Zero MDR would leave banks and payment service providers with no incentive to deploy acceptance infrastructure on the ground as it would skew the cost-benefit economics for these companies, a senior VISA spokesperson said at a panel discussion in an event organised by FICCI and IBA here on Monday.
“If there is going to be no skin in the game for anybody to deploy these terminals, and roll them out geographically in tier-III and IV cities, it’s like saying voice is free and data is free, but without the supporting infrastructure,” said T R Ramachandran, group country manager India and South Asia. “Why would a bank go and deploy these machines (POS) or do KYC? To stick a QR code (at merchant points), it costs money and somebody’s got to pay for it…I’m a firm believer in low economics but no economics student can believe in no economics.”
Finance Minister Nirmala Sitharaman in her budget speech had made a host of announcements to further New Delhi’s objective of creating a less cash economy such as 2 percent tax on cash payments over Rs.2 crore, compulsory digital payments option at all major merchant points and zero MDR for payments on any digital channel.
“RBI and Banks will absorb these costs from the savings that will accrue to them on account of handling less cash as people move to these digital modes of payment,” Sitharaman had said.
It is estimated that minting, handling and accounting of cash costs the economy about 2 percent of the overall GDP every year. The government has been pushing both banks and consumers to transact digitally to save on these costs. Through zero MDR the centre wants to accelerate the process by giving customers more options to pay digitally and gradually move away from cash.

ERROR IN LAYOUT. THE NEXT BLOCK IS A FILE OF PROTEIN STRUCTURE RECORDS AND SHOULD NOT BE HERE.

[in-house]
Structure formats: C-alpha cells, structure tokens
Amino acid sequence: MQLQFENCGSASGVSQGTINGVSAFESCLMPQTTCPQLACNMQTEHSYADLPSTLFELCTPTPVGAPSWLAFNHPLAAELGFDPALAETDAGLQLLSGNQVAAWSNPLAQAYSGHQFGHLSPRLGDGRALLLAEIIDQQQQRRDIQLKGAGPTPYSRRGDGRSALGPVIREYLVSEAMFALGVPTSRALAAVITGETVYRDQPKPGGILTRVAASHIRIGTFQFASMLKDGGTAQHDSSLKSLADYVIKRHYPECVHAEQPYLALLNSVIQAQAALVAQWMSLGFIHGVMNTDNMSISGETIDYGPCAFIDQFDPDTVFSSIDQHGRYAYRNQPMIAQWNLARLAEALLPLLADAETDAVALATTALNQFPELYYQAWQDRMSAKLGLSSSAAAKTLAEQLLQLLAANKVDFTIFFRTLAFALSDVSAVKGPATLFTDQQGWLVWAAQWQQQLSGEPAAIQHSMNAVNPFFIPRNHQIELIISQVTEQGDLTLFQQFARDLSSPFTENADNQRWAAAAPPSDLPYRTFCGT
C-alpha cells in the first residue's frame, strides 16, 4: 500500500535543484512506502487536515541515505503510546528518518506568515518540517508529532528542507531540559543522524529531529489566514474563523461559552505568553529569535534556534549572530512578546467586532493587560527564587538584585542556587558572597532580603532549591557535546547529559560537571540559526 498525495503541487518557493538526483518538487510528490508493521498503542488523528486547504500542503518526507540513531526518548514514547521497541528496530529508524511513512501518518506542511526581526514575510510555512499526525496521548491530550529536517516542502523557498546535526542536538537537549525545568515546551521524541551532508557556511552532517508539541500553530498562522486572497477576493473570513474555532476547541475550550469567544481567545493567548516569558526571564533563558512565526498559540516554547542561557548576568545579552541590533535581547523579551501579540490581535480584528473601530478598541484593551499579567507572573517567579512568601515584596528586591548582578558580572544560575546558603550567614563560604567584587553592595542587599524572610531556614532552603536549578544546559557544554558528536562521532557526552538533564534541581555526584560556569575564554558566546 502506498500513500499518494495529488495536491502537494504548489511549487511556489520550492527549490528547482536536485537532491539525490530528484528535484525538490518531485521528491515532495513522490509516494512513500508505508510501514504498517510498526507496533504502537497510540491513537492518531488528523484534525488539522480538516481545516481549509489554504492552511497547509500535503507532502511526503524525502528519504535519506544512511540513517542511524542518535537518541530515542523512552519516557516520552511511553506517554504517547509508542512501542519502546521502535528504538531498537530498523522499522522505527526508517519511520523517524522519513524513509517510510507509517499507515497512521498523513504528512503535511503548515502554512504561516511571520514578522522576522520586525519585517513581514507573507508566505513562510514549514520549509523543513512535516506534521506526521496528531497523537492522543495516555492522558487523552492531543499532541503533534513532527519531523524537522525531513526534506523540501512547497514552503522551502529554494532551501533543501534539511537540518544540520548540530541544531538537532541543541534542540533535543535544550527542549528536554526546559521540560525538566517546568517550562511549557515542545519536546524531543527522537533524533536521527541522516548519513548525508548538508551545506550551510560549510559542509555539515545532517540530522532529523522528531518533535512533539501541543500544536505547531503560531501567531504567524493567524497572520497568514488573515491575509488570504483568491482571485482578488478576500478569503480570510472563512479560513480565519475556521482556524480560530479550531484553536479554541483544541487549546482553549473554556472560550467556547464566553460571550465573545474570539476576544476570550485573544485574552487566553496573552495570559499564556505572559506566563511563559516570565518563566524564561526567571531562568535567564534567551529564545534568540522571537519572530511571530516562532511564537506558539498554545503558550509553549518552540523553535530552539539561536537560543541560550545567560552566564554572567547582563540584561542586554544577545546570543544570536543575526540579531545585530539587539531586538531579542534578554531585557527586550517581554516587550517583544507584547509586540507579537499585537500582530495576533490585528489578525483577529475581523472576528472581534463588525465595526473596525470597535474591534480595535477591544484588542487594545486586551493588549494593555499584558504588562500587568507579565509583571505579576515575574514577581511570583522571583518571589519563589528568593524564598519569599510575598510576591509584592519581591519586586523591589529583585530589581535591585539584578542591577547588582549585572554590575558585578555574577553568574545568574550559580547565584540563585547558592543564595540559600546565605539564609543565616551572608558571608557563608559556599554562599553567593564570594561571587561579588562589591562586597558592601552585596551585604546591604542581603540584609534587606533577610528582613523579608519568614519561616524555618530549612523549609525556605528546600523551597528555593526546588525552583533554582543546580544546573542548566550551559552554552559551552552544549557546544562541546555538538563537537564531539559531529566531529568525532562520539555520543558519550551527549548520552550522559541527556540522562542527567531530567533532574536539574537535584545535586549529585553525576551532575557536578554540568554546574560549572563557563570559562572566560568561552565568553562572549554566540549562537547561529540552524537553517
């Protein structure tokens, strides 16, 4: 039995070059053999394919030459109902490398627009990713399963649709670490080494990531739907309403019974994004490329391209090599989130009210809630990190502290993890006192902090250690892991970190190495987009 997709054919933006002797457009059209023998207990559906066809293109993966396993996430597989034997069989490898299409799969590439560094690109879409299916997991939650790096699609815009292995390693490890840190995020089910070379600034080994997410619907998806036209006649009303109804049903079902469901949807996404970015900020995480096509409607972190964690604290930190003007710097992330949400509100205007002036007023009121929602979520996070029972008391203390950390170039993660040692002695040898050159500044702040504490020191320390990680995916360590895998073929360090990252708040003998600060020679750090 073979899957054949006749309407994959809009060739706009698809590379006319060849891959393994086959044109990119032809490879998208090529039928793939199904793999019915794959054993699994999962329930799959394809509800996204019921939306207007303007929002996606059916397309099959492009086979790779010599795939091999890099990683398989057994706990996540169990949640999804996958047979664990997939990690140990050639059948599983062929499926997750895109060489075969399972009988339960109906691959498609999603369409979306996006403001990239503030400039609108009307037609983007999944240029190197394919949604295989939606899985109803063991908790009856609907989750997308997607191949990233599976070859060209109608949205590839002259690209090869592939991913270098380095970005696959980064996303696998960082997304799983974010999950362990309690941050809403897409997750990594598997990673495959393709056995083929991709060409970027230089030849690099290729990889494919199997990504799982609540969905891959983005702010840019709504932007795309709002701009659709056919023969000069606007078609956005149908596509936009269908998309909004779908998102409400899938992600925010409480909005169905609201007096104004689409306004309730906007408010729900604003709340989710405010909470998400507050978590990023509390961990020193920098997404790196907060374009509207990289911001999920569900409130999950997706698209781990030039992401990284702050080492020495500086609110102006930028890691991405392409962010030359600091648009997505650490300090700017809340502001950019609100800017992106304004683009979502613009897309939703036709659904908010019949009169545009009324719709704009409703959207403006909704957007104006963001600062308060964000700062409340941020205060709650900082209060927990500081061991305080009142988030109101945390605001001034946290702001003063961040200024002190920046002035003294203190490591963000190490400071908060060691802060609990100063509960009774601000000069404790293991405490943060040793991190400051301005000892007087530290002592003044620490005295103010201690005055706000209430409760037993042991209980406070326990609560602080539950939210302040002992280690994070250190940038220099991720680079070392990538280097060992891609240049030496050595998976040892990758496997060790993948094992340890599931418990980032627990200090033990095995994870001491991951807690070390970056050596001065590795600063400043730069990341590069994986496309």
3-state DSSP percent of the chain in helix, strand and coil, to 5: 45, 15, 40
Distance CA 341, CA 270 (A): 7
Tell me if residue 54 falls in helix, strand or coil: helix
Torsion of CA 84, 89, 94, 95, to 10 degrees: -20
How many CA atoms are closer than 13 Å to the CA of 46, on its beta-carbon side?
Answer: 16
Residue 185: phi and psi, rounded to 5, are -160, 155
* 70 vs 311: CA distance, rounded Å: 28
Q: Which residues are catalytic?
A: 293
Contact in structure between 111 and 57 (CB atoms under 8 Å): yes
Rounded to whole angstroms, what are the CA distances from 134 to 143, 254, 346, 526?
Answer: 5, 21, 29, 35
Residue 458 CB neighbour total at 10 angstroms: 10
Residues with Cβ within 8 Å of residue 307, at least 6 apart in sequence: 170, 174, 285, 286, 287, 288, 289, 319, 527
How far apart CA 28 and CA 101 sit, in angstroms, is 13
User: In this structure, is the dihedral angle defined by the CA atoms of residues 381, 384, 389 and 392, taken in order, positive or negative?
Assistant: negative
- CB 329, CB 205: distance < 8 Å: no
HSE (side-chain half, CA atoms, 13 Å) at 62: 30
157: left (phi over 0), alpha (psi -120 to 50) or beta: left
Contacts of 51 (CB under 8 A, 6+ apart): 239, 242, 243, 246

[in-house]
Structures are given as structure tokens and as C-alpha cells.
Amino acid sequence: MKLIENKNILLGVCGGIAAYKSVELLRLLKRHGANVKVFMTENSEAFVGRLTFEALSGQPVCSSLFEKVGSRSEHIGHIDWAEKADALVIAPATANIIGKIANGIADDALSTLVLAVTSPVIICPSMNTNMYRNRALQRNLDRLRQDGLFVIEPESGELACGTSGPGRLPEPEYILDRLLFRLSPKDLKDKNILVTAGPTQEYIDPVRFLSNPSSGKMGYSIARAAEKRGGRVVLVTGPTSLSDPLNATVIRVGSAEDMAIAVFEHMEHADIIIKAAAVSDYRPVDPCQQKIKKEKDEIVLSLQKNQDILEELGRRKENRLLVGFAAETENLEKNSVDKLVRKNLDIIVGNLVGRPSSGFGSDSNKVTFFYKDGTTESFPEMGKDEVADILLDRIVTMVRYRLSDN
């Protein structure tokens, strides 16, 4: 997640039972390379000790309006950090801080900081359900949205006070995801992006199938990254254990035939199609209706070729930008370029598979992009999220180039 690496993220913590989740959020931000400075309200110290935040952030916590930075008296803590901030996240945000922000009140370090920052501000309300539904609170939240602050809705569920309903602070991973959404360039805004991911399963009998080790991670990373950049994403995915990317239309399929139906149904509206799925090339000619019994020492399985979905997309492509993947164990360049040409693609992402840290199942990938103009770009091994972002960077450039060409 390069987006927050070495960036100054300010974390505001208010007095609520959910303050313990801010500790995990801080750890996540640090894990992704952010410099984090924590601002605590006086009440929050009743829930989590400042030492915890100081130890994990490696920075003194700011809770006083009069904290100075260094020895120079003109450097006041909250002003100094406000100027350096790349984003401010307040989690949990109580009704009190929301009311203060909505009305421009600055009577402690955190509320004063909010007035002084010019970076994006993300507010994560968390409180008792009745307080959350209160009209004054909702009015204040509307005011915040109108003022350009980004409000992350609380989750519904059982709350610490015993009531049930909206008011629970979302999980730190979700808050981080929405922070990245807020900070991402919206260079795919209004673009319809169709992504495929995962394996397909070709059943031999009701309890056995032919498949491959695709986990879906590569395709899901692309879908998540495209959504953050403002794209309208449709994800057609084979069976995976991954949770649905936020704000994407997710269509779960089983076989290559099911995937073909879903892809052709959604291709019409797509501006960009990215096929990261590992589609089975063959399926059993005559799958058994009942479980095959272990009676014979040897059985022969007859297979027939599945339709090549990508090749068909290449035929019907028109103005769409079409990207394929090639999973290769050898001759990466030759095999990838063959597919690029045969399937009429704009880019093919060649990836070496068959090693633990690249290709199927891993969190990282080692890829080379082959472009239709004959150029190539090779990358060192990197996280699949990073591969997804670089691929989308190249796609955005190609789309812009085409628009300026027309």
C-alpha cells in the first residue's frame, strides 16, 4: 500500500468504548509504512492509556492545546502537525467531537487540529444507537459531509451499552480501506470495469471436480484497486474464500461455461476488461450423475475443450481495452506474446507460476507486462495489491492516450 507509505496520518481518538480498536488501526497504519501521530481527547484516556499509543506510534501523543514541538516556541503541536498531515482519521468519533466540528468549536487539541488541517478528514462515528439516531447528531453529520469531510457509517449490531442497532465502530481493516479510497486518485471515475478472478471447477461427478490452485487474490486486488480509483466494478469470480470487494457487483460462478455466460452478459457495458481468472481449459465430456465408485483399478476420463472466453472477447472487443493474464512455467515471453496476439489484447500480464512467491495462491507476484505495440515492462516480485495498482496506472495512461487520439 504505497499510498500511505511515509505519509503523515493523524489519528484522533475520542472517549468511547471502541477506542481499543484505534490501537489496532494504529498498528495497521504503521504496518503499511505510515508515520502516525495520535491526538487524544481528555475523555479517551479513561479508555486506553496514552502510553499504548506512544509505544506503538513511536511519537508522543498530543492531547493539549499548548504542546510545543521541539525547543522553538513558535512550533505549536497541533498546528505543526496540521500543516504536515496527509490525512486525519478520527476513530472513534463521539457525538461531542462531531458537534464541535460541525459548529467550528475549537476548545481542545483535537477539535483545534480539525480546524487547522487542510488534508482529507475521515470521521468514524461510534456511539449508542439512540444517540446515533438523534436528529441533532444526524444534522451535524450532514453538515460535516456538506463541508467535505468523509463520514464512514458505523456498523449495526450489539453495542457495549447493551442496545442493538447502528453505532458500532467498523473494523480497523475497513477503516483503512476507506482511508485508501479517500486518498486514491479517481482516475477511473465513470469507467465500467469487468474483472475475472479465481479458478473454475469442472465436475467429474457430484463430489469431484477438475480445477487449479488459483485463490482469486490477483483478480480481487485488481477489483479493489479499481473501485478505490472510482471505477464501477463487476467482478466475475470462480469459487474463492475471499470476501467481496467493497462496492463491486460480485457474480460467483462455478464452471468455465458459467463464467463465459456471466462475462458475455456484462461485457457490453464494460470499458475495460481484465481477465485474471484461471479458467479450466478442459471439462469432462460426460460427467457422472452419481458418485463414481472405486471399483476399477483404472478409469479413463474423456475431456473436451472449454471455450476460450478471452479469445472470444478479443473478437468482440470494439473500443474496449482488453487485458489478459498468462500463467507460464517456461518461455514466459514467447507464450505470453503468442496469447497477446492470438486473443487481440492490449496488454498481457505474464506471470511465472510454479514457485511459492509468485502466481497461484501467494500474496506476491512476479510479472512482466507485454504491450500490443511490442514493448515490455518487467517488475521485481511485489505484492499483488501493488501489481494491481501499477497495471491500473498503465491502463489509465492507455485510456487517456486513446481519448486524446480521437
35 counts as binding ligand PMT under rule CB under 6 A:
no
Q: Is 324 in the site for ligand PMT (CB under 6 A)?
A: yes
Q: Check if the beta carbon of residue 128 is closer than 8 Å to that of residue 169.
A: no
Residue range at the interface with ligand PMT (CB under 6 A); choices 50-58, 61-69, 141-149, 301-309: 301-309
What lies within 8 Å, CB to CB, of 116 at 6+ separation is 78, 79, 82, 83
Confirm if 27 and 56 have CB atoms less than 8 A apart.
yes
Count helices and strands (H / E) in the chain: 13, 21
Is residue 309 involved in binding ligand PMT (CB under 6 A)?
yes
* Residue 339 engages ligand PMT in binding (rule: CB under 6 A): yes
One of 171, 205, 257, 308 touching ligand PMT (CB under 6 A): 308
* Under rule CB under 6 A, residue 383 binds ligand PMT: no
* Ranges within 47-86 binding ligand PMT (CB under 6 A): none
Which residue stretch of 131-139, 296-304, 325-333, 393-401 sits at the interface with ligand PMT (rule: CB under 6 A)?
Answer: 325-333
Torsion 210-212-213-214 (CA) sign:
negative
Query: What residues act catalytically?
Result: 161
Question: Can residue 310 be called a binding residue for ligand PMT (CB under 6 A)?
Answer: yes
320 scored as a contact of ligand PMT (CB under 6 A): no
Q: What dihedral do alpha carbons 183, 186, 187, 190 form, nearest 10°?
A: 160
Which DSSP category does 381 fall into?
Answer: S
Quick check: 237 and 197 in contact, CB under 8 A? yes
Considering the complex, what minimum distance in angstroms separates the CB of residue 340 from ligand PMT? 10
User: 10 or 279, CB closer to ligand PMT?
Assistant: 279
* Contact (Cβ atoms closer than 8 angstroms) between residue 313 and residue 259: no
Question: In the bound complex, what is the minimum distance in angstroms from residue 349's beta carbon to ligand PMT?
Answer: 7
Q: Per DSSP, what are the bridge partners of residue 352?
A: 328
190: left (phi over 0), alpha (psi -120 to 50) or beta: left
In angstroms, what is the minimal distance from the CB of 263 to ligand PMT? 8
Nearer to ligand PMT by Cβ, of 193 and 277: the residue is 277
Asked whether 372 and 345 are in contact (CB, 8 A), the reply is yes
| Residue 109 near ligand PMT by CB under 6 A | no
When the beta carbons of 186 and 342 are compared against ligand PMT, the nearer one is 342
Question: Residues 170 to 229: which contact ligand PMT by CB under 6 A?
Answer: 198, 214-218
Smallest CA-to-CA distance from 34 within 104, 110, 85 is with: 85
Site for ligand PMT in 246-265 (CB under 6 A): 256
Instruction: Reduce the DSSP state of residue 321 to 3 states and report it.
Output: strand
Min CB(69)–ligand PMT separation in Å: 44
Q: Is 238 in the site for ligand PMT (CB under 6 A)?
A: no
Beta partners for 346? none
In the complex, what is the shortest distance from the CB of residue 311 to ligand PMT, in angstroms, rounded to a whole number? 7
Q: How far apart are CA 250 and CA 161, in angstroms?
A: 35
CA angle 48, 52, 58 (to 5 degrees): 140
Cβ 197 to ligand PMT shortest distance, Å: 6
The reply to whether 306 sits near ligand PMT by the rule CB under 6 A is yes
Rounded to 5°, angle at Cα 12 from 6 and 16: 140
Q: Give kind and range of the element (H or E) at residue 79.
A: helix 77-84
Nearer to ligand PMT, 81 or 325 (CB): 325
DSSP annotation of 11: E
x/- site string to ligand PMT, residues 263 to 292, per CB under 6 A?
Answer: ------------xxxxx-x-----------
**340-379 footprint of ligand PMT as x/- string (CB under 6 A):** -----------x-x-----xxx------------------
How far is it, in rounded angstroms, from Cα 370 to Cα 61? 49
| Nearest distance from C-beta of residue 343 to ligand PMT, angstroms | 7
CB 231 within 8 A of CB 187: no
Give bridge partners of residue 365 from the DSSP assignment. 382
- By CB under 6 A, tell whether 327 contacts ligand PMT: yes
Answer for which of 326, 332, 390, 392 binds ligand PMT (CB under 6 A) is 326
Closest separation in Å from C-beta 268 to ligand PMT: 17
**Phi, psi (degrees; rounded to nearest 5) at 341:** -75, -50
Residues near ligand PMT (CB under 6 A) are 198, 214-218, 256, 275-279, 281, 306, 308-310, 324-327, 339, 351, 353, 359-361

“I find the logic a bit fallacious because cost (of replacing cash by digital) is not free. They (RBI) incurs a cost of Rs.26000 crore per annum to set up apparatus of cash and therefore, if consumer, the govt and the merchant are saving on these costs, a sliver of it can be passed on to those building the infrastructure,” said Ramachandran.
However, he pointed out that the move won’t impact payment gateways such as Visa and Mastercard as charges on technological service provided by them doesn’t fall under the purview of MDR. These rates, charged by an acquirer bank from a parent bank to process digital transactions, are generally set at 0.25 percent of the transaction amount for less than Rs.2000 crore and 0.65 percent for transactions above Rs.2000 crore.
Payments companies and banks that ET has spoken with said that no clarification has been issued by the centre yet on the implementation of the move since the announcement in July. A senior executive at a major payments company had said that the move would severely impact many service providers as MDR is the only source of direct revenue for many of these companies.